Energy Saving Tactics for Restaurants

January 15, 2015 By Mark Masterson

Mark Masterson

The ice machine is a standard piece of equipment in restaurants, but it can also be a money drain. Bad filters, age, and even the type of machine can be a cause of inefficiency.  Switching your ice machine over to an energy efficient Energy Star machine and adopting energy conscious systems may be a solution to high utility bills in your restaurant.

The Energy Star program, founded in 1992 by the Environmental Protection Agency, actively encourages the reduction of greenhouse gases by certifying machines that are efficient in both water and energy usage.  Originally intended for home appliances, the Energy Star umbrella has spread to include commercial equipment.

For manufacturers, the Energy Star label represents a boon, as inclusion in this field is not merely rubber stamped.  With the label comes rebates and other rewards as well as endorsement by a government agency.  The general qualifications for Energy Star equipment include: source

  • Product categories must contribute significant energy savings nationwide
  • Qualified products must deliver the features and performance demanded by consumers, in addition to increased energy efficiency.
  • If the qualified product costs more than a conventional, less-efficient counterpart, purchasers will recover their investment in increased energy efficiency through utility bill savings, within a reasonable period of time.
  • Energy efficiency can be achieved through broadly available, non-proprietary technologies offered by more than one manufacturer.
  • Product energy consumption and performance can be measured and verified with testing.
  • Labeling would effectively differentiate products and be visible for purchasers.

Here is a chart of the exact qualifications that an ice maker must meet to be considered Energy Star Certified.

ice machines plus chart

IMH – Ice Making Heads: This is just the ice maker and the compressor, but it doesn’t have a bin attached.  You can see these types of machines in many restaurants.

RCU – Remote Condensing Unit: Everything is separate, including the ice making parts and the compressor.  The bin is bought separately.

SCU – Self Contained Unit: The parts are all in one unit, including the ice maker, the compressor and the storage bin.  These are often seen in hotel settings.

The largest ice machine makers in the world, including Scotsman Ice, Manitowoc Ice, Ice-O-Matic, and Hoshizaki Ice, have research and development teams at work to make their ice machines more energy and water efficient.  All of the brands bring at least one Energy Star Certified ice maker to the table.

Switching over to an Energy Star ice machine can definitely save water and energy when compared to non-Energy-Star certified equipment, but those pieces of equipment should be purchased with an overall maintenance and water-savings program in mind.

In other words, it’s not simply a matter of purchasing an Energy Star Certified ice machine and dishwasher and calling it a day. With a strategic focus on energy savings, the EPA estimates that utility costs can be cut by 10-30%, yielding a dramatic impact on the bottom line.

Proper maintenance of your ice machine plays a huge factor in keeping it operating to Energy Star standards.  Here are some things that you can do to help save precious water and energy.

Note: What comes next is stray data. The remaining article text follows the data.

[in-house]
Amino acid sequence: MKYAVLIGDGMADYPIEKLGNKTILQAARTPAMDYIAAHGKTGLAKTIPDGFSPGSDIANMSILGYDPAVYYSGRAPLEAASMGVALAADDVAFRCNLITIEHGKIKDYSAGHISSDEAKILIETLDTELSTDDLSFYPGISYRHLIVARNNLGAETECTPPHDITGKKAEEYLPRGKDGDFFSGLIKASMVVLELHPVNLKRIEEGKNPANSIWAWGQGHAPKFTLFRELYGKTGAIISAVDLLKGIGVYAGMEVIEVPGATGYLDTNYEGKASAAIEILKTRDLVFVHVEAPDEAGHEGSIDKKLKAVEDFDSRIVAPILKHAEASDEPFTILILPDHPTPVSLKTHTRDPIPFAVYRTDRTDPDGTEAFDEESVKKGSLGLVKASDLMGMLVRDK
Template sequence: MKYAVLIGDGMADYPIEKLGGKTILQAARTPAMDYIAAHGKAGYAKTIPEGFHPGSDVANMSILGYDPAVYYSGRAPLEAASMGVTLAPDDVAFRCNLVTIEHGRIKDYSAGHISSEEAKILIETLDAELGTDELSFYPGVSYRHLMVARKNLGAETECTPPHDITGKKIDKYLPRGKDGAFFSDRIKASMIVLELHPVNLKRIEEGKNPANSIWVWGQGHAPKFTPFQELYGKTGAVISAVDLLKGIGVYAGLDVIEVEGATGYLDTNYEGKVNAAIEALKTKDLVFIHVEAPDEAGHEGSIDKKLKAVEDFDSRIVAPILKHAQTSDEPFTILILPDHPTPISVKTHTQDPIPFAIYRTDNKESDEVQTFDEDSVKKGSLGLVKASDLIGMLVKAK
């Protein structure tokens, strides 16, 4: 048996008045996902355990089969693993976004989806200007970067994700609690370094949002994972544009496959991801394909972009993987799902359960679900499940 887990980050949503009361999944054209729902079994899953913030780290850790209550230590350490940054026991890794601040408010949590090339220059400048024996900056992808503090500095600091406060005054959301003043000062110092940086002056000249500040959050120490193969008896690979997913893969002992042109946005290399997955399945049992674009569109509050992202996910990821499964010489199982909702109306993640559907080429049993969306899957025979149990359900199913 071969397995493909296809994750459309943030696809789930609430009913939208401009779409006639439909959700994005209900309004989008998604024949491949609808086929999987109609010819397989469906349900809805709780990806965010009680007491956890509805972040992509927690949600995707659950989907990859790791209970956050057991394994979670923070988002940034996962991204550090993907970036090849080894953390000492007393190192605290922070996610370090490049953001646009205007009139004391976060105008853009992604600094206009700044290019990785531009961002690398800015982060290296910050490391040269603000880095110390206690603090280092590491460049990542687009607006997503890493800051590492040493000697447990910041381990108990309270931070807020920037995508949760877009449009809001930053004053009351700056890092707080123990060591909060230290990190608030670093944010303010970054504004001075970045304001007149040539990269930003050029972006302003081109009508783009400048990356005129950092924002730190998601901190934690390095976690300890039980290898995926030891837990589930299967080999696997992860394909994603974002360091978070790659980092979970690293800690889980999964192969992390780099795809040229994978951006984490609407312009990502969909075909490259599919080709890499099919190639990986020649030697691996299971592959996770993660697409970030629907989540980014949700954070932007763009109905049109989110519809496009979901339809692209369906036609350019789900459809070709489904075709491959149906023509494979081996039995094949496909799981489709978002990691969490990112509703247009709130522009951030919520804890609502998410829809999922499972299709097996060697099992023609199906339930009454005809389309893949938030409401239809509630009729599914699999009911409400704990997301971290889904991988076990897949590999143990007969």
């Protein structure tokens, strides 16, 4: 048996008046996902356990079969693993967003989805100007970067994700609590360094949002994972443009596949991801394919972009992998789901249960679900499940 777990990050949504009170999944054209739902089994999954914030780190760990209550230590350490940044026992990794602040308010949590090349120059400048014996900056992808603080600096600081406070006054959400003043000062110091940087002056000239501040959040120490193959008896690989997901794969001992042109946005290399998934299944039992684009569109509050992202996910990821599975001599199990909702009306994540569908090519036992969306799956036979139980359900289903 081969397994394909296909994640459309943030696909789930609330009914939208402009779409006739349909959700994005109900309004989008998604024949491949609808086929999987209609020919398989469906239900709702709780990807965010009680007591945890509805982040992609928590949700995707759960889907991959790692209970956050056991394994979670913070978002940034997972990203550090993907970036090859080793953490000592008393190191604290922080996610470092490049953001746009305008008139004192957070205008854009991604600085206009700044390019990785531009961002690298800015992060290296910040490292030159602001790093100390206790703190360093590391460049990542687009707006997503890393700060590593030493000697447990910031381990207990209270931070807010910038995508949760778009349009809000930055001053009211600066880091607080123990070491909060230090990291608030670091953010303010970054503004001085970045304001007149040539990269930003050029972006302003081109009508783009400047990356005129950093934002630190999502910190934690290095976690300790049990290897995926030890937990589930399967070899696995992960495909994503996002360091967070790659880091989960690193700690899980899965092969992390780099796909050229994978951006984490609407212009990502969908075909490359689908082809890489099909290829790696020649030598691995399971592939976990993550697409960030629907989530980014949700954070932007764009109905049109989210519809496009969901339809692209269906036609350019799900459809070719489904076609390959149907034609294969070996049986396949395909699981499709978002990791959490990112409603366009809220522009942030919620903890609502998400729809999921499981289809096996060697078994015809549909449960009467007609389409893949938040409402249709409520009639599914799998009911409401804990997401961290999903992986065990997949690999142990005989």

• Install timers for your ice machine to encourage production of ice during non-peak times of the day.  By reducing the demand, you are also reducing the energy that you use.
  • Clean and maintain the ice maker on a regular basis.  Make adjustments to the purge water timer on your machines so water isn’t overused.
  • Using the owner’s manual, clean the condenser coils of your ice maker so that the machine isn’t working harder that it should.
  • Thoroughly clean the machine on a regular basis using warm soapy water unless otherwise recommended.  There are solutions that you can use for deliming and descaling.
  • Purchase larger, not smaller.  The larger machines sometimes take almost as much energy for more ice.  This will give you an ice machine to grow into if necessary.

Broadening the scope beyond ice machines, the next place to look for savings in water and energy usage is in dishwashers.  According to the EPA, the largest usage of water in a restaurant is in the dishwasher. Here are some ideas for lowering the water usage.

  • Only make full loads of dishes.  While a full cycle runs in less than a minute for some dishwashers, running without a full load in place can waste a considerable amount of water.
  • Turn the dishwashers off at the end of the day, or when there is a significant amount of time that they’re not in use.
  • When waiting to put the items into the dishwasher, soak them in standing water, rather than in running water.  Having a single flush of water is wasteful, and can prevent the usage of thousands of gallons a month.
  • Instead of having places where there is a continuous flow of water, see if there are any alternatives – like having standing water instead.
  • Replace the nozzles with lower-flow nozzles for dishwashing areas.  The low-flow nozzles use around half of what the regular nozzles do, and are just as effective.

Many options exist for saving both energy and water within the restaurant environment, but it must be a conscious effort, not one which is haphazardly done.

Mark Masterson is from IceMachinesPlus.com with over 10 years of experience in the restaurant and bar industry. With an extensive and entertaining writing style Mark is focused on providing quality information and advice to contractors and purchasing managers about the best practices on choosing the right type of ice machine for your client.

 

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